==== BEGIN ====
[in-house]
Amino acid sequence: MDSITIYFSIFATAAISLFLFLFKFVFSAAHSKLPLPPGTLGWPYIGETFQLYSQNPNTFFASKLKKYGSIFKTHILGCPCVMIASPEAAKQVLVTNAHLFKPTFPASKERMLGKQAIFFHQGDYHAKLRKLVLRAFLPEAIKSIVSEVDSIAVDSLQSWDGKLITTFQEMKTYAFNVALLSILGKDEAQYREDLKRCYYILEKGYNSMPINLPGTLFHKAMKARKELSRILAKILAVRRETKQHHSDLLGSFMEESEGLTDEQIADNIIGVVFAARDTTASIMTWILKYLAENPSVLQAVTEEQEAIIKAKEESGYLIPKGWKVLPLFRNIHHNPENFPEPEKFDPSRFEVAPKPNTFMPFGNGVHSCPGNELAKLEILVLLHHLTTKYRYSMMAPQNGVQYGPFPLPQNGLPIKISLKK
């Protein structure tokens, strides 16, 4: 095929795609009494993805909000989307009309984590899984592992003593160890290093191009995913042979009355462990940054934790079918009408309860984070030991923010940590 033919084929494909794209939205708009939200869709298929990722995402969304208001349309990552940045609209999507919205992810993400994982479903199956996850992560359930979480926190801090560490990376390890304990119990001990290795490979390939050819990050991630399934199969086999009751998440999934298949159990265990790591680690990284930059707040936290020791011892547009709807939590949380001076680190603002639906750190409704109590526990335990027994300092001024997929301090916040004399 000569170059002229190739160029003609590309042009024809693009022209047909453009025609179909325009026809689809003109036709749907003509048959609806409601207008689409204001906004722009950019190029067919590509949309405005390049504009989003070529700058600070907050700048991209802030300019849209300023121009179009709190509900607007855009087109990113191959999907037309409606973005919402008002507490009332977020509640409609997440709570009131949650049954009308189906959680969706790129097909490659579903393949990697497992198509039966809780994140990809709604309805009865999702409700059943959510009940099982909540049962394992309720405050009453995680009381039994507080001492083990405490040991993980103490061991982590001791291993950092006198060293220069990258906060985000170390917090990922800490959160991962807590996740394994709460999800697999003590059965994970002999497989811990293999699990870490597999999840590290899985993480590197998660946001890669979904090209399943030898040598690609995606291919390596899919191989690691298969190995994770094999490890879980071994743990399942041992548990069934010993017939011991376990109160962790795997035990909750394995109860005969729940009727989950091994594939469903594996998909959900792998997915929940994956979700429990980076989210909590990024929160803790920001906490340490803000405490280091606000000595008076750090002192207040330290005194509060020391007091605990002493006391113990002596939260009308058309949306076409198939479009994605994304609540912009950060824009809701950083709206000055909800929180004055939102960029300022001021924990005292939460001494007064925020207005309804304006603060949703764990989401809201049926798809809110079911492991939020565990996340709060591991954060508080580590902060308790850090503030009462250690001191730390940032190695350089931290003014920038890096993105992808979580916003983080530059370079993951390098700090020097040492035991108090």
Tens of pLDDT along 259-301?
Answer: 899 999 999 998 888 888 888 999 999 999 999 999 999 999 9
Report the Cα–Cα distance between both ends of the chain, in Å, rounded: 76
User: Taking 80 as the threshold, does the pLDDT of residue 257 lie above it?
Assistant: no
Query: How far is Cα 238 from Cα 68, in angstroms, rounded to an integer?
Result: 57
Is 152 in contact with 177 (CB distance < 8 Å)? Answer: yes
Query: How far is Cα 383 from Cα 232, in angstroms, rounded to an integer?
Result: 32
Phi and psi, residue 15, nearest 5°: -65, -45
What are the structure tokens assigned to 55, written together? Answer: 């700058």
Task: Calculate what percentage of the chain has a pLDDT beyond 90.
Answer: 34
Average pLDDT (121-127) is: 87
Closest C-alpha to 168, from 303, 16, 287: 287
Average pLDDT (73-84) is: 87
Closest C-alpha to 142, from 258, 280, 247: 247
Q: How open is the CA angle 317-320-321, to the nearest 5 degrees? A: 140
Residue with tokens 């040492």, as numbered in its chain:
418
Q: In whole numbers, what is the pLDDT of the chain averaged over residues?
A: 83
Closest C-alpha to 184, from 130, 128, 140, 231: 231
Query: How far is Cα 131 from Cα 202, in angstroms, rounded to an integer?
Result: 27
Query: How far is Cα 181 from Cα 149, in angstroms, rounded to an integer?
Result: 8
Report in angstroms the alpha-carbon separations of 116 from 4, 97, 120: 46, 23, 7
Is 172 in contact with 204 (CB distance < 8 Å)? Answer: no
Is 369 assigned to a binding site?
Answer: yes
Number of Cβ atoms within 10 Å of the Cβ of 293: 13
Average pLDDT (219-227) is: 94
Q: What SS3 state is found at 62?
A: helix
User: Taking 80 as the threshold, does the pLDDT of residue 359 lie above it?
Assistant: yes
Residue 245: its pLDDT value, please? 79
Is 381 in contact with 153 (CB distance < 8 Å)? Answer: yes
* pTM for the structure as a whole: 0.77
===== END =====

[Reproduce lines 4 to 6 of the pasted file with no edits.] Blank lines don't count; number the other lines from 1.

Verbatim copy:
Tens of pLDDT along 259-301?
Answer: 899 999 999 998 888 888 888 999 999 999 999 999 999 999 9
Report the Cα–Cα distance between both ends of the chain, in Å, rounded: 76